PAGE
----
Time to ditch the ERAS application photo

Pretty damning results about the impact of perceived attractiveness on residency application success. Suffice to say, what came up didn’t exactly make it into the NRMP Program Director’s Survey.

There’s a new paper in Academic Medicine titled “Bias in Radiology Resident Selection: Do We Discriminate Against the Obese and Unattractive?” coming out of Duke. Hint: the rhetorical question posted in an academic paper title is always answered with a yes. But while the study used their own radiology program, I have zero doubt that this is universal and probably substantially worse in other fields.

The idea was to grade mock applications and see who you’d invite:

Reviewers evaluated 5,447 applications (mean: 74 applications per reviewer). United States Medical Licensing Examination Step 1 scores were the strongest predictor of reviewer rating (B = 0.35 [standard error (SE) = 0.029]). Applicant facial attractiveness strongly predicted rating (attractive versus unattractive, B = 0.30 [SE = 0.056]; neutral versus unattractive, B = 0.13 [SE = 0.028]). Less influential but still significant predictors included race/ethnicity (B = 0.25 [SE = 0.059]), preclinical class rank (B = 0.25 [SE = 0.040]), clinical clerkship grades (B = 0.23 [SE = 0.034]), Alpha Omega Alpha membership (B = 0.21 [SE = 0.032]), and obesity (versus not obese) (B = -0.14 [SE = 0.024]).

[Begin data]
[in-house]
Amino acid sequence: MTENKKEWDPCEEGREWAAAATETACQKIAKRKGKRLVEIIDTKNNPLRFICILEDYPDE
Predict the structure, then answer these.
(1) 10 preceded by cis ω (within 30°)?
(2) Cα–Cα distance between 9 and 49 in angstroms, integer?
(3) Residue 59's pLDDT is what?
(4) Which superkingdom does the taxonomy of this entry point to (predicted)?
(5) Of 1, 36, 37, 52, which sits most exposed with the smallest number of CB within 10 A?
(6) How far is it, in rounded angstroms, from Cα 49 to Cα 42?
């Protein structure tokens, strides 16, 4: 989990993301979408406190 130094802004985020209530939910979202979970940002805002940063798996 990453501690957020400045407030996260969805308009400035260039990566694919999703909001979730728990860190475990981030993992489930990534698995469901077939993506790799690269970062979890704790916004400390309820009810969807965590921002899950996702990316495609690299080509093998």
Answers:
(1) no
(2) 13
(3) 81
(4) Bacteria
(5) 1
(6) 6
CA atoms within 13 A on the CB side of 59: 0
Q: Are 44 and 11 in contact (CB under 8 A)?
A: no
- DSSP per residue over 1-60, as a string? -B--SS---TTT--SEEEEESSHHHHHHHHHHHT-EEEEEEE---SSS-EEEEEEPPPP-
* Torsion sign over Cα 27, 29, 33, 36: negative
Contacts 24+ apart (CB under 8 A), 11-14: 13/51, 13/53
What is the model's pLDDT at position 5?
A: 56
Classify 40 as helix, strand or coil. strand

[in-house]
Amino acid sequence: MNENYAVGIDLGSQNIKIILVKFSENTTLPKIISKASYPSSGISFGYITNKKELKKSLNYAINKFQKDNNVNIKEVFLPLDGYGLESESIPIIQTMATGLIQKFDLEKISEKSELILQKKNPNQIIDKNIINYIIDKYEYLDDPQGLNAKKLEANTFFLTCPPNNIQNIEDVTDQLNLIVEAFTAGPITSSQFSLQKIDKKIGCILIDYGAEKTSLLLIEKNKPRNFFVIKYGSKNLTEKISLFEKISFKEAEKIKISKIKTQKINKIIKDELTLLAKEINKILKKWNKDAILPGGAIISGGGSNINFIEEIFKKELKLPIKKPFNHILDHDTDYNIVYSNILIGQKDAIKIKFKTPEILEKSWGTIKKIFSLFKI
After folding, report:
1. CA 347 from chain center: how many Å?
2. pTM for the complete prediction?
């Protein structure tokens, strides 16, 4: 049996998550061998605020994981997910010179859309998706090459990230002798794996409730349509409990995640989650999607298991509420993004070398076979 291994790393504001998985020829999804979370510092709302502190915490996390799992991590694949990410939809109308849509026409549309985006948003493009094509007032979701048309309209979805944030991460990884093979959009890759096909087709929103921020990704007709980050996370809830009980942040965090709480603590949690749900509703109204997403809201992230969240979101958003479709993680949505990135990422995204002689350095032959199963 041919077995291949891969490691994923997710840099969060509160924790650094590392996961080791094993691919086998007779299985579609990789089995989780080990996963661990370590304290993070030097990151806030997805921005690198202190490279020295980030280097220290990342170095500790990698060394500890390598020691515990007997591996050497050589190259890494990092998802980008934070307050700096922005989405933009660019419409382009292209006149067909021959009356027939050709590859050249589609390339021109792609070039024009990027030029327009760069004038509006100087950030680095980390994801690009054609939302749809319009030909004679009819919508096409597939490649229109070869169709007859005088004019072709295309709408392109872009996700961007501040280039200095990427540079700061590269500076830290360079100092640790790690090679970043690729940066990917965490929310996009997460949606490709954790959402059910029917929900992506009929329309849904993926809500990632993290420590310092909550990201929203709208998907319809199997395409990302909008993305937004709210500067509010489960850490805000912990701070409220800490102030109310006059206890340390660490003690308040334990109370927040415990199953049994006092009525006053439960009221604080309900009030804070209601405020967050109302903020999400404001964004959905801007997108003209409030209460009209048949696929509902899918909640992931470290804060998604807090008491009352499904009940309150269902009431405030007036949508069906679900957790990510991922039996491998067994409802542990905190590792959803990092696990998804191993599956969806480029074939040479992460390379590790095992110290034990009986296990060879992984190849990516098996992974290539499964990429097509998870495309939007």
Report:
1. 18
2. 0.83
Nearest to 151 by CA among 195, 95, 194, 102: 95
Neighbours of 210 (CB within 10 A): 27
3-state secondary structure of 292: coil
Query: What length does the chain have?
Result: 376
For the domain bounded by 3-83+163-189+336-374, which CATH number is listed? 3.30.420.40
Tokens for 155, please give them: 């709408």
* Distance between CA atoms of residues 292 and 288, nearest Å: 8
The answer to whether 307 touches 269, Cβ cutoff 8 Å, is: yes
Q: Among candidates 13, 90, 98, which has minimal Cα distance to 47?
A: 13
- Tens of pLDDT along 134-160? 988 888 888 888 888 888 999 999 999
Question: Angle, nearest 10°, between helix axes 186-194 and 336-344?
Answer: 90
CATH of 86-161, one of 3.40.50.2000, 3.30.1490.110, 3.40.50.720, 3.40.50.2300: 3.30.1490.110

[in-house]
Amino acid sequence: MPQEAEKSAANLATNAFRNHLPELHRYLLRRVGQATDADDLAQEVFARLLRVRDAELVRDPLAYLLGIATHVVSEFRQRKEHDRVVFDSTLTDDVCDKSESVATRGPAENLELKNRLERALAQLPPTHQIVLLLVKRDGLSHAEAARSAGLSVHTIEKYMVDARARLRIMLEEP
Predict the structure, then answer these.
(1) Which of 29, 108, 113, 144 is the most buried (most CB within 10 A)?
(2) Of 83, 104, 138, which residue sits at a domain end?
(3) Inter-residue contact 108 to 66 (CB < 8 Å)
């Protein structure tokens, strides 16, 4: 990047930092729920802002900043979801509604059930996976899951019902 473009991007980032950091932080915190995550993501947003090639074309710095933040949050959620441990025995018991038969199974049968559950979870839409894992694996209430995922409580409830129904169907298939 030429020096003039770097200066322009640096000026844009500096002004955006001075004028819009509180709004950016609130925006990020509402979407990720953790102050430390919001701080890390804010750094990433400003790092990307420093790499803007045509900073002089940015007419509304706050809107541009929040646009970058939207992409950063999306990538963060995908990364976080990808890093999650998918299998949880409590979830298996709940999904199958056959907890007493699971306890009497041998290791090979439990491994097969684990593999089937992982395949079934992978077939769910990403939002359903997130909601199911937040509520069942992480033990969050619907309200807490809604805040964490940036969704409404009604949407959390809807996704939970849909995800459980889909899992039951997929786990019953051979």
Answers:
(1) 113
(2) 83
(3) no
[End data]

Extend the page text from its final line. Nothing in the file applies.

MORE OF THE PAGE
The breakdown:

  • Facially attractive and nonobese applicants had a 24% chance of getting an interview
  • Less attractive, nonobese applicants had a 12% chance
  • Obese and unattractive had a 10% chance

At the end of the day, the top three factors for selecting candidates were Step 1 > Race > Facial attractiveness. And being both skinny and attractive literally doubled your chances.


While programs will always eventually meet their applicants and may always “like” applicants who are easy on the eyes, I don’t think any residency (except derm kidding not kidding) actively wants to screen their applicants by appearance.

Is there really any legitimate justification for having access to an ERAS photo in the first place prior to selecting interview candidates? I don’t need to know what you look like.

In the meantime, this study just further confirms the advice I’ve given before: you want your ERAS photo to be good.

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